The eastern red cedar is an evergreen tree native to eastern North America with fibrous red bark and dense foliage.
Today, the eastern red cedar can still be found in a few places on the property. Walking along the Hidden Spring Trail will reveal the cedar in a few places; including by the spring itself.
History at Hadwen
In 1882, Hadwen notes the eastern red cedar amongst a list of 135 species he is growing on the property. Whilst we don’t see any further record of the species until 2020, Hadwen notes cedar trees as a “desirable and pleasing” species in 1900.
Detailed Species Information
Eastern red cedar, sometimes known as eastern juniper, is a coniferous tree in the family Cupressaceae native to eastern North America. The tree grows up to 50 feet (15 meters) tall with a narrow, conical crown. The bark is thin, fibrous, and brownish-red, while the leaves are scale-like, arranged in flattened fan-like sprays, and dark green in color. Eastern red cedar produces pea-sized dark blue cones. Eastern red cedar can thrive in a variety of habitats but prefers dry and rocky soils. The eastern red cedar is considered a pioneer species, an early species to repopulate disturbed areas. It is also considered intolerant to shade.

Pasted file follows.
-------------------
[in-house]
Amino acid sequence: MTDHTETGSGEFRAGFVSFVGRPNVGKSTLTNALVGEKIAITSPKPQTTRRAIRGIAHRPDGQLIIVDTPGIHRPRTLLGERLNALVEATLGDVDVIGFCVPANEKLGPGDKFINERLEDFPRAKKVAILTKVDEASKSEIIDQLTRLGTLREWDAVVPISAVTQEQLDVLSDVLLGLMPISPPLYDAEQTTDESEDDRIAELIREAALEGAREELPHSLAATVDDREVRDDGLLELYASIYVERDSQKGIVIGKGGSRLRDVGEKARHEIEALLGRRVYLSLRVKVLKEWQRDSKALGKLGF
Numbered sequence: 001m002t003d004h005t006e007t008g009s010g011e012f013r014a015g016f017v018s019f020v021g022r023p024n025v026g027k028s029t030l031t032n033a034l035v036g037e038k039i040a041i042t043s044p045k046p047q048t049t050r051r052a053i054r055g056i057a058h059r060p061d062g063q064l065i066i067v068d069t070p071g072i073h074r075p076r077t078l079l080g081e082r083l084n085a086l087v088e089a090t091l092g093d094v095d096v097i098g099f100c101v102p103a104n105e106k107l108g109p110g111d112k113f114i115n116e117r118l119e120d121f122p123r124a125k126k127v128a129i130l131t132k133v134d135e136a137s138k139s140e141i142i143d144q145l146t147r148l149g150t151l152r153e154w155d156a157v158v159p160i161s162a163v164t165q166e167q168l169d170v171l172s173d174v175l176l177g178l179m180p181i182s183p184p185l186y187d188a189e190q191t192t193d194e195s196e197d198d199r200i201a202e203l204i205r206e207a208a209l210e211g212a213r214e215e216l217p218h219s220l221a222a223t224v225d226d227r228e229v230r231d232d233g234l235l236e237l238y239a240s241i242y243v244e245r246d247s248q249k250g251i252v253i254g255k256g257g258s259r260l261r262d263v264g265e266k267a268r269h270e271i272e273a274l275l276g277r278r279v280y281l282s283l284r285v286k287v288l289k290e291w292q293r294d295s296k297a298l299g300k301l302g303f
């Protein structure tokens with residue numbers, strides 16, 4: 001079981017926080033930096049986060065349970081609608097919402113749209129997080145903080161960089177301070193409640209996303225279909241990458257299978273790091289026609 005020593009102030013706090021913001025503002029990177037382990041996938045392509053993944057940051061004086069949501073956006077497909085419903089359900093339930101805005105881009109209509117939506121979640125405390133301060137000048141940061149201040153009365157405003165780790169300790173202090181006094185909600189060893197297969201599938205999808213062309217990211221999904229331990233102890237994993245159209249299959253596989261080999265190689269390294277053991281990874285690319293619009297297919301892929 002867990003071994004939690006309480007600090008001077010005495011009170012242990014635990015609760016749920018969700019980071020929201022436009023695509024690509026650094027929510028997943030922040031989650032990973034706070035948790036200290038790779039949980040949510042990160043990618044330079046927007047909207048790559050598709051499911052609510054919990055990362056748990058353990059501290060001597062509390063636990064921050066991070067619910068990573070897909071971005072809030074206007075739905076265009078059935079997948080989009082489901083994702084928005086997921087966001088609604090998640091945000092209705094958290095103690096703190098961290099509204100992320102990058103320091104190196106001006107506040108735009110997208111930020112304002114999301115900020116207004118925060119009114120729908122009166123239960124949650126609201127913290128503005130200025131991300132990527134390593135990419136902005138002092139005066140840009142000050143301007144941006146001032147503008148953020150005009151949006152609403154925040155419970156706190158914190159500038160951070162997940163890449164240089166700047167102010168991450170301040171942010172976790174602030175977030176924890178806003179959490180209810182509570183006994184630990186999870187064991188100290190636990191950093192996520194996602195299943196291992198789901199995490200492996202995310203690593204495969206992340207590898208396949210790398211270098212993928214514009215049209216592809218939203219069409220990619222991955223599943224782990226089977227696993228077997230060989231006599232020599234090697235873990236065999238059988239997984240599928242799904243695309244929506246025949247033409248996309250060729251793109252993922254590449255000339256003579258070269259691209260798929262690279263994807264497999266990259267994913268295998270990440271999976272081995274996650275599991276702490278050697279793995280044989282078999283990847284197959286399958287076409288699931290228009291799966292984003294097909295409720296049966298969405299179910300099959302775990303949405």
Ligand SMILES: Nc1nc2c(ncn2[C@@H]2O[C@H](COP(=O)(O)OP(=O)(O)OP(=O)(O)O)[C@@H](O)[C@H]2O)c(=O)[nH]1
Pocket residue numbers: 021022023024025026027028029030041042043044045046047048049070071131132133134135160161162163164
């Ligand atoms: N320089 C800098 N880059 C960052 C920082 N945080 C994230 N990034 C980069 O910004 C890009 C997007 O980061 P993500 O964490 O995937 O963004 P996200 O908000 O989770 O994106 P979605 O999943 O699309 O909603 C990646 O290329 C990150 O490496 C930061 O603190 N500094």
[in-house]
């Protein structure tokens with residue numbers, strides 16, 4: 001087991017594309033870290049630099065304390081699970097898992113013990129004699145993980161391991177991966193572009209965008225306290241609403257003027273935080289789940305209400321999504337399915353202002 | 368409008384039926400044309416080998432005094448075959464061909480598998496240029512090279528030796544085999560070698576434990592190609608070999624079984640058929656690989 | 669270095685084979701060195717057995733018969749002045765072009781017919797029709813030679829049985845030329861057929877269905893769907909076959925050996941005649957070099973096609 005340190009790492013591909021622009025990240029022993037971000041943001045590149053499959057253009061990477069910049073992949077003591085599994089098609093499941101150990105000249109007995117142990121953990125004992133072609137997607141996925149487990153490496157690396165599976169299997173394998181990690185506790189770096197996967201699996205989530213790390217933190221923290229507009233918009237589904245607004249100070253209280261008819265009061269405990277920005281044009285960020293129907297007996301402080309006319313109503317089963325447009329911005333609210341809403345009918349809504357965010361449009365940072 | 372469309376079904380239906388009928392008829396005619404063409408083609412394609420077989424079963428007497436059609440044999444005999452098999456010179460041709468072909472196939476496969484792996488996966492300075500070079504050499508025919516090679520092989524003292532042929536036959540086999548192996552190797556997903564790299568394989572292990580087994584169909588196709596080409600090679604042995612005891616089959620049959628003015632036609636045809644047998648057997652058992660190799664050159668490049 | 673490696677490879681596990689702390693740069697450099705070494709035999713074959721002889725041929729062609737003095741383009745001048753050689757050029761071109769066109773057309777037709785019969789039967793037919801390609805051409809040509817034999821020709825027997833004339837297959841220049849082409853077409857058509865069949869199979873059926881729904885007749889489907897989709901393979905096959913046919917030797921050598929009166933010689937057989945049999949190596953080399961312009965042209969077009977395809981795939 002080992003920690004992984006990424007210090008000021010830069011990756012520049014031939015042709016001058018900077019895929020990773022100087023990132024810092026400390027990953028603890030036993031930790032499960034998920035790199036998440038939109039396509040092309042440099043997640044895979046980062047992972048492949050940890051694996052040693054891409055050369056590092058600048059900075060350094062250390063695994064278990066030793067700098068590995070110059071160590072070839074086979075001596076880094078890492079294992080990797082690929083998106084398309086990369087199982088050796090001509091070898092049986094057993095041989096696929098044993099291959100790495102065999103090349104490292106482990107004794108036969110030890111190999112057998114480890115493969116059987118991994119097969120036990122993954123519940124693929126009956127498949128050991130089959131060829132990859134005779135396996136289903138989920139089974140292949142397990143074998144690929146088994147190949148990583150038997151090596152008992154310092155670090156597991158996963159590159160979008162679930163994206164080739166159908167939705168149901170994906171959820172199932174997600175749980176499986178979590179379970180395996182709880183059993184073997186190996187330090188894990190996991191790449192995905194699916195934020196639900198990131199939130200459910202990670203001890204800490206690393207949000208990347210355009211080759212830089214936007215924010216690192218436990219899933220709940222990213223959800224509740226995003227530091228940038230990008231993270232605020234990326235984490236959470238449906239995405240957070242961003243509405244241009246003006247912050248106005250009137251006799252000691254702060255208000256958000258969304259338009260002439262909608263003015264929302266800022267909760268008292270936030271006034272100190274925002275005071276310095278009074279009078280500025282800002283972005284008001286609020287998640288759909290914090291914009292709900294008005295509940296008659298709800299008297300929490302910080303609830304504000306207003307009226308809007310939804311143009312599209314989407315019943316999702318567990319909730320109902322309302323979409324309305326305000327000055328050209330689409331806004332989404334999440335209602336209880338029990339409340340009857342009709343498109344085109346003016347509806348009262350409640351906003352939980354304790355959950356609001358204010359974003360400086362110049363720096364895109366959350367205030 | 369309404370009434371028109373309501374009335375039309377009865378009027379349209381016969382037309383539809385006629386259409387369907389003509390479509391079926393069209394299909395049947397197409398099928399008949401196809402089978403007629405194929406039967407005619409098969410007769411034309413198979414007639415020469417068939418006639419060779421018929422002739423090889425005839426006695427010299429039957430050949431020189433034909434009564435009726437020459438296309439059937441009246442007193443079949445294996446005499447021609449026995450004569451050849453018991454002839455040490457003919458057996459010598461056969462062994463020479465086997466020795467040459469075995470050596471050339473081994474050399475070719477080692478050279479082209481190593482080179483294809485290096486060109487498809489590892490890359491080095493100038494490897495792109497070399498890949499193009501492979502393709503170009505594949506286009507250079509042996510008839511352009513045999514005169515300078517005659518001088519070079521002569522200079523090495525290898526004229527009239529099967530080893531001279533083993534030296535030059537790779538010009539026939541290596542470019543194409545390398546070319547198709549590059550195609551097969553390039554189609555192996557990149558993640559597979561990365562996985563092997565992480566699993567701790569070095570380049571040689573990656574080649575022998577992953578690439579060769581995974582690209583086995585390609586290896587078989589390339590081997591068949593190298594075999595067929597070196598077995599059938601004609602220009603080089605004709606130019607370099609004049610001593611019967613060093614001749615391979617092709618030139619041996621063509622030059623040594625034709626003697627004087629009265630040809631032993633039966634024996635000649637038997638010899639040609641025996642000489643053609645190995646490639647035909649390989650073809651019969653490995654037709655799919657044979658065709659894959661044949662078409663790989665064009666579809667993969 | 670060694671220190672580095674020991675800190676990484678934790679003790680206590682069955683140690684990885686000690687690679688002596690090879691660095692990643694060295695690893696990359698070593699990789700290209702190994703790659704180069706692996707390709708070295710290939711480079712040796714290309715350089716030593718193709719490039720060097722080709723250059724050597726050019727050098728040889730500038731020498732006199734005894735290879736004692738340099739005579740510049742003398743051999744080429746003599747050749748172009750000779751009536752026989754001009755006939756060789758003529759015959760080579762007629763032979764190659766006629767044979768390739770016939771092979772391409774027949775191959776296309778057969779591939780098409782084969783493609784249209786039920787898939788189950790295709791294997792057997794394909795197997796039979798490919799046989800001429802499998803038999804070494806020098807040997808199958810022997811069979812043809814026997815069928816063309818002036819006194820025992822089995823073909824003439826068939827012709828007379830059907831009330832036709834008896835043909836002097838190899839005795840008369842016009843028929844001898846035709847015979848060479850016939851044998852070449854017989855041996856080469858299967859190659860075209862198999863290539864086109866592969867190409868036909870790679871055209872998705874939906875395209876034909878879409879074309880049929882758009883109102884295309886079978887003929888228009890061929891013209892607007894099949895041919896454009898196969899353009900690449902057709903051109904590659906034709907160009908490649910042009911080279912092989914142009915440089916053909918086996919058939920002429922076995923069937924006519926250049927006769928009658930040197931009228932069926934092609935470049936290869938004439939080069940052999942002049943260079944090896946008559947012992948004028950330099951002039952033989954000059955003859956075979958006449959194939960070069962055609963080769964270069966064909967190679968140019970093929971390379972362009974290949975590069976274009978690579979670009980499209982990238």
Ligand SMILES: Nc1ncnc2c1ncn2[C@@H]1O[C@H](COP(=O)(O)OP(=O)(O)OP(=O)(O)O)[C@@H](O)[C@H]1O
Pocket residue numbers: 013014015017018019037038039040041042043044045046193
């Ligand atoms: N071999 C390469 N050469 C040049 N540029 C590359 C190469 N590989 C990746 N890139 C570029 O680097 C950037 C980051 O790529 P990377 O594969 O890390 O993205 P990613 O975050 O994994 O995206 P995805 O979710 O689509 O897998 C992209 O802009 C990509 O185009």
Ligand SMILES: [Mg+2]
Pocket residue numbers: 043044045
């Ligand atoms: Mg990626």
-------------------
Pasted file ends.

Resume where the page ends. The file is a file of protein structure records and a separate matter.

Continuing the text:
Eastern red cedar’s wood is lightweight, durable, and resistant to rot and insects, making it an excellent choice for fence posts, shingles, and boat building. Since the aromatic qualities of the cedar’s wood repel moths, cedar chests and closets were often used to protect woolen clothes from moths. The tree is also used in landscaping as a hedge or ornamental tree due to its attractive evergreen foliage and dense growth.